• AP tests. If your path requires a college degree (ie, involves becoming a doctor, lawyer, financier, accountant, technology consultant, or something else where not having a degree would severely hinder you), AP tests are an extremely cheap way to get college credits. They cost $25, compared with CLEP tests that cost $85 and college courses that cost thousands.
  • Free education. This is, admittedly, a bit of a double-edged sword, because it’s also mandatory and frequently pointless, but the fact remains that you don’t have to pay for your education now. If you spend some time poking around, you’ll likely find that the school system is remarkably malleable if you know how to mold it. So, if you do your research and know your life goal you can make the most of this, the last time in your life when your only job is learning. Having a trustworthy non-minor can help you out here, so it’s worth trying to persuade your parents or school advisors to help, but they aren’t necessary. As a starting point, I recommend looking into some combination of dual enrollment (if your path involves college) and internships (regardless).

And if you’re currently in college, you have:

  • The ability to choose your major. If you’ve decided a college degree is indeed critical, what you major in has a significant impact on your career going forward. It determines what projects and certifications you get while in school as well as employers’ impressions of you immediately after you graduate. Because the decision of a major is so critical to your path, however, make sure not to listen to people who tell you to major in whatever you like. Your major should be determined exclusively by your choice of future career.
  • Projects and internships. You will need to actively pursue these – they won’t likely be thrown into your lap – but most colleges have some way to support students working on personal projects or looking for internships. Plus, if you have a full-ride scholarship, you don’t need to worry about whether the internships are paid, only that they give you relevant experience in the field you’d like to begin your career in.

And if you’re a recent graduate, or otherwise early in your career:

  • Employers will expect you not to know what you want to do yet. If you take a job in sales, and then one in marketing, and then look for one in accounting, that won’t seem strange to employers. By contrast, it can be more difficult to change careers if you’ve been doing something for a while: if you’re a senior marketing manager, employers will wonder why you waited so long to make the switch over to accounting. Further, you may have a tough time taking the inevitable pay cut to move to a more junior role. Therefore, doing some experimentation to figure out what you want to build your career in early on is not only easier, but expected.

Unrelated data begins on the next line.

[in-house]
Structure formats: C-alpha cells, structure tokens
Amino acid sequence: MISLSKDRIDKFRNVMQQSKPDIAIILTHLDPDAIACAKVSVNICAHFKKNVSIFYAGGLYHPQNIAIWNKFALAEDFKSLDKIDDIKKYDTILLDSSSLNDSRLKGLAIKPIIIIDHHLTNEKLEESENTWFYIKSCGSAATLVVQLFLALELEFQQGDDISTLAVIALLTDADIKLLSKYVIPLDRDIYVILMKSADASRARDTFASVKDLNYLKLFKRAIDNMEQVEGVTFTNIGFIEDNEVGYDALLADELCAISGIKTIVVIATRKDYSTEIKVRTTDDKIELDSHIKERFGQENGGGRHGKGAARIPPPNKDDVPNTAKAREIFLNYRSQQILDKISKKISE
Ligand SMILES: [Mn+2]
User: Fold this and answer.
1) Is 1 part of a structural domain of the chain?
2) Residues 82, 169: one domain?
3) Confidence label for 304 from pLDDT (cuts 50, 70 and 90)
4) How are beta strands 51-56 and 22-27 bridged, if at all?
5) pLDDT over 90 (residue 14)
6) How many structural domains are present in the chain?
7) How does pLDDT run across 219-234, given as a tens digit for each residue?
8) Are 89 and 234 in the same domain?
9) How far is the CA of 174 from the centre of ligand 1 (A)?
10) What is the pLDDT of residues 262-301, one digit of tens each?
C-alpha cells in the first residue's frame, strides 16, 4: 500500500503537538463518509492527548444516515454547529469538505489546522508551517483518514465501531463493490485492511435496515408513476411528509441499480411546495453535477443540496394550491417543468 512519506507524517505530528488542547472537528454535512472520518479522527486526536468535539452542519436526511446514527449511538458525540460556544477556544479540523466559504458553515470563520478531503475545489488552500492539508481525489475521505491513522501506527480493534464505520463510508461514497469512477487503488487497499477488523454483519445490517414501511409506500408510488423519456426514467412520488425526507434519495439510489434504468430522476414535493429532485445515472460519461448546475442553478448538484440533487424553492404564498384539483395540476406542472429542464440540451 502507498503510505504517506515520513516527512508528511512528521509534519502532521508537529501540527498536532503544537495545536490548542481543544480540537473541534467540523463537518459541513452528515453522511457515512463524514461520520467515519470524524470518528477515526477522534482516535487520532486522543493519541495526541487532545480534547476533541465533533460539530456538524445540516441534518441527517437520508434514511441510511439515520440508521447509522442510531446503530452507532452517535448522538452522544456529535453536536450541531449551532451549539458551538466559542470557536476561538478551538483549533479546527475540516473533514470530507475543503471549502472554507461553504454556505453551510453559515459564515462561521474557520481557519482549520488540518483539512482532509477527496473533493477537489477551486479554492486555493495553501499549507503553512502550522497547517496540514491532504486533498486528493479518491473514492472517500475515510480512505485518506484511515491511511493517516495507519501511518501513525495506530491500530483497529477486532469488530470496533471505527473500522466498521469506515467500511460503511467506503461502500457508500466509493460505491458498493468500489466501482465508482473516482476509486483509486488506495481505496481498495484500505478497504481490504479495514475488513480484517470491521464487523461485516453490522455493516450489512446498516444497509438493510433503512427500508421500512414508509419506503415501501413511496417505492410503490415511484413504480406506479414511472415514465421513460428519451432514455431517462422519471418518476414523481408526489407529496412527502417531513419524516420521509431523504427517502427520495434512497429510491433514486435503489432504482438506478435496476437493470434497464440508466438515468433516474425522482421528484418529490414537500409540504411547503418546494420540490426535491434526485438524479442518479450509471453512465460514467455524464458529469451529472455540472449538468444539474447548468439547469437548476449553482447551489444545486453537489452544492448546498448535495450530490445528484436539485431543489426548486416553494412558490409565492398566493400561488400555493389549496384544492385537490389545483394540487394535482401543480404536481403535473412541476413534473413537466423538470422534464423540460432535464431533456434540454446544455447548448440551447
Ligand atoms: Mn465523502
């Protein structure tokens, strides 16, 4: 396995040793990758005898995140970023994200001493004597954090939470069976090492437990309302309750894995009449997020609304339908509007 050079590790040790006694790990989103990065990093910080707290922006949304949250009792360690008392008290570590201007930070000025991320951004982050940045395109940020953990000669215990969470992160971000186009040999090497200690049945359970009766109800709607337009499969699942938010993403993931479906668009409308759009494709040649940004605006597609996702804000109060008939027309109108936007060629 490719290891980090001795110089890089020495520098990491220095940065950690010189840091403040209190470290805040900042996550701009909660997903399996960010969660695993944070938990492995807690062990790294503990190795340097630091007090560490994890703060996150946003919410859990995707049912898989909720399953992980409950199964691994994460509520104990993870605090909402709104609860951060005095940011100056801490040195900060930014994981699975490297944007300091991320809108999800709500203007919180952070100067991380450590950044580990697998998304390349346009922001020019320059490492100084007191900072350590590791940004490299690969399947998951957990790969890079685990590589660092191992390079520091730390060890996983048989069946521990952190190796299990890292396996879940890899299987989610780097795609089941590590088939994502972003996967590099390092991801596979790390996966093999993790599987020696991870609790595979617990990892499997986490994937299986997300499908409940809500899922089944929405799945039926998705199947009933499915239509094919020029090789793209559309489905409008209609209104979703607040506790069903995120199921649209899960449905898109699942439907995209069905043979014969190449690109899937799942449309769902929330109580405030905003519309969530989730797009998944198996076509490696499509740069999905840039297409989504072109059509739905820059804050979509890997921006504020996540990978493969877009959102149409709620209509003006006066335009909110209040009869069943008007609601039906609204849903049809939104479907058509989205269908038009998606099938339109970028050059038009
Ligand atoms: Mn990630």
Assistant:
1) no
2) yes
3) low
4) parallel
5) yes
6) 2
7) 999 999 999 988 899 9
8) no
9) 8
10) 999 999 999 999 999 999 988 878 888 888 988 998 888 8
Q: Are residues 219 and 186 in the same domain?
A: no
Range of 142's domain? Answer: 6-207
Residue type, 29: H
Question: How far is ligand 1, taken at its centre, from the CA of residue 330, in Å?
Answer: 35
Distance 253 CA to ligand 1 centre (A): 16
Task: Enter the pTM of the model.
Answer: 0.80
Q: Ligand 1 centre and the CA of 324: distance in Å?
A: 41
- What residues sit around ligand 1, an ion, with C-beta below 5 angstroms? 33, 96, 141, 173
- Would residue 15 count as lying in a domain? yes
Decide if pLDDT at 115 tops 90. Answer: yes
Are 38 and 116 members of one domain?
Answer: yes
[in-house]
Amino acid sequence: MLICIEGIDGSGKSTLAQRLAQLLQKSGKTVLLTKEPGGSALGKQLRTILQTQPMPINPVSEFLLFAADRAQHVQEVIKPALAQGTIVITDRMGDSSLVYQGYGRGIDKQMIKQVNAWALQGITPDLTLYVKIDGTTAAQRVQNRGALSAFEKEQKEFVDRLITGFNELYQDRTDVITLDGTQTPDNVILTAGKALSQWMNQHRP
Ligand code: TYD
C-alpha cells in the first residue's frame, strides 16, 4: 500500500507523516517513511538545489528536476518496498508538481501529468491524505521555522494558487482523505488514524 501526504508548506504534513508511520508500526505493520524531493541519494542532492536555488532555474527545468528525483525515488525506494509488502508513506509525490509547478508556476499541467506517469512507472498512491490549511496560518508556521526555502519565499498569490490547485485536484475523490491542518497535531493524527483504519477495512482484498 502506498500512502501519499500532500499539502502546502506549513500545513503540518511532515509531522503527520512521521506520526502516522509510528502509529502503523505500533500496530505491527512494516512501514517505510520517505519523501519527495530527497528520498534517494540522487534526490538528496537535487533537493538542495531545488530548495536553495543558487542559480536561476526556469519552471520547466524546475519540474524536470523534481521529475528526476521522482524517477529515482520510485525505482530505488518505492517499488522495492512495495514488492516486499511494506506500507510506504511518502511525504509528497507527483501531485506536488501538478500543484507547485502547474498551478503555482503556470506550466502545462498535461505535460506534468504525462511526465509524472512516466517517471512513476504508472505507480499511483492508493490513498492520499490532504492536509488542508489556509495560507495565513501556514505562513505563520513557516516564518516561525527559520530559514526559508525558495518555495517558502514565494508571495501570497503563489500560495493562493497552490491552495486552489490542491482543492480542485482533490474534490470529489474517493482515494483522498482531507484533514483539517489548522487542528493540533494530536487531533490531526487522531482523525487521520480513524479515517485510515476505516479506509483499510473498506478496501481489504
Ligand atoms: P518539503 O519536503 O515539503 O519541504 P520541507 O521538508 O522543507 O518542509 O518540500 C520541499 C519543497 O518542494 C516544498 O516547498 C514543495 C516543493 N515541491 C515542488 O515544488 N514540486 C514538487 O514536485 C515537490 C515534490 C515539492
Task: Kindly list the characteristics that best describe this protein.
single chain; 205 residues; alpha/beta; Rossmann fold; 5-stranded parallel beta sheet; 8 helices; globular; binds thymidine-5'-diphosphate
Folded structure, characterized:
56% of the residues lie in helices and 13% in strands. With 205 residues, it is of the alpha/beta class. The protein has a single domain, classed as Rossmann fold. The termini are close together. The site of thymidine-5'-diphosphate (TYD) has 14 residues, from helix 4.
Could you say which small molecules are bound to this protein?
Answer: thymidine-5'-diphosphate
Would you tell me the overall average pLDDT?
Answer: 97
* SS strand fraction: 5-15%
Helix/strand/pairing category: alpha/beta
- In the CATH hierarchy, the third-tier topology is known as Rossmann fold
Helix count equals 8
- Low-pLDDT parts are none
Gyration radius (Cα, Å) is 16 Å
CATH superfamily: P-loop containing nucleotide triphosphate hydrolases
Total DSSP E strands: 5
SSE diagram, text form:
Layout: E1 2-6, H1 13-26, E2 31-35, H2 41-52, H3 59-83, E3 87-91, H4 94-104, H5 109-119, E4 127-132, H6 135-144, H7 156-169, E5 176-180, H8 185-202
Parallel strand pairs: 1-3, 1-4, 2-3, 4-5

All of that being said, if you feel like you’ve messed something up, it’s not the end of the world. If you didn’t take any APs in high school, or you have debt from an unnecessary (or unnecessarily expensive) college degree, that doesn’t prevent you from being able to achieve your goals. Fix these problems however you can (drop out of college immediately if you decide you don’t need a degree, get out of debt as quickly as you can, etc), but don’t get upset with yourself for making mistakes or doing things that were suboptimal. Apply whatever lessons you can to your actions going forward, then stop thinking about it.

Advice #3: Soft skills matter. Build them on purpose.

When considering your career path, it can be easy to focus disproportionately on the hard skills. “I need to learn financial accounting, business law, and economics,” you might think, if you want to become an accountant. And that might be true. But you also need a strong work ethic, good social skills, and self-management. The latter three are equally, if not more, important than the former.